“She shaped Los Angeles in a lasting way while paving the way for future generations of leaders.

“As the first woman Mayor of Los Angeles, I know I stand on Supervisor Molina’s shoulders.

“On behalf of an ever grateful city, I express my deepest condolences to Supervisor Molina’s family, friends and community.”

Supervisor Janice Hahn

“It takes courage to be the 1st woman in the room and Gloria was the 1st woman and 1st Latina in nearly every room she was in. She didn’t just make space for herself– she opened the door to the rest of us. Women in politics in LA County owe a debt of gratitude to Gloria Molina.”

Jaime Harrison, Chair of the Democratic National Committee

“I am saddened to hear about the passing of former DNC Vice Chair Gloria Molina. As the first Latina to serve in the California Assembly, L.A. City Council, and L.A. County Board of Supervisors, she blazed a trail for others to follow.”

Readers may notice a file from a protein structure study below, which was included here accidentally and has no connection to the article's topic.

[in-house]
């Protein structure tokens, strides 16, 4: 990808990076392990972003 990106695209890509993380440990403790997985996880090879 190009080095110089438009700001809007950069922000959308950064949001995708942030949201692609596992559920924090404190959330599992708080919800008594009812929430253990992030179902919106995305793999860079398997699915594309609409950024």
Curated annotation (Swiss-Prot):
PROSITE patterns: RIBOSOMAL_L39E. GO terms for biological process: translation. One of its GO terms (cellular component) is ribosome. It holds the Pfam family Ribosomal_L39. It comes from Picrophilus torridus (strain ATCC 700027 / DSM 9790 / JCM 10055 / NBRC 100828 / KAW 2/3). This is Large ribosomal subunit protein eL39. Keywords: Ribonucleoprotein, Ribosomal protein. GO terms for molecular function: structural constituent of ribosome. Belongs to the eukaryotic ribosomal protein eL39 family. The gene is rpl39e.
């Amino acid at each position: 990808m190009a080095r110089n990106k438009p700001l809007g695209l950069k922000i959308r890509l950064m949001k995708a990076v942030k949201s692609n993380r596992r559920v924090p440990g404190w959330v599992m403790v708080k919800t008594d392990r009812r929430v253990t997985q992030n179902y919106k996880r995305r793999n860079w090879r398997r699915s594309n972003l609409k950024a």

California Governor Gavin Newsom

“Jennifer and I are deeply saddened by the passing of Gloria Molina, a trailblazing changemaker who improved the lives of countless Angelenos and Californians and opened doors for generations of women in politics and public service.

“Throughout over three decades in office, Molina broke ground as the first Latina California State Assemblymember and as the first Latina to serve on the Los Angeles City Council and the Los Angeles County Board of Supervisors.

“Never losing sight of her roots in community organizing and advocacy, Molina was not afraid to clash with prominent politicos in her fight for working-class neighborhoods. Her leadership delivered lasting results advancing social justice for Eastside communities, creating parks and community centers and expanding public transit, among other accomplishments.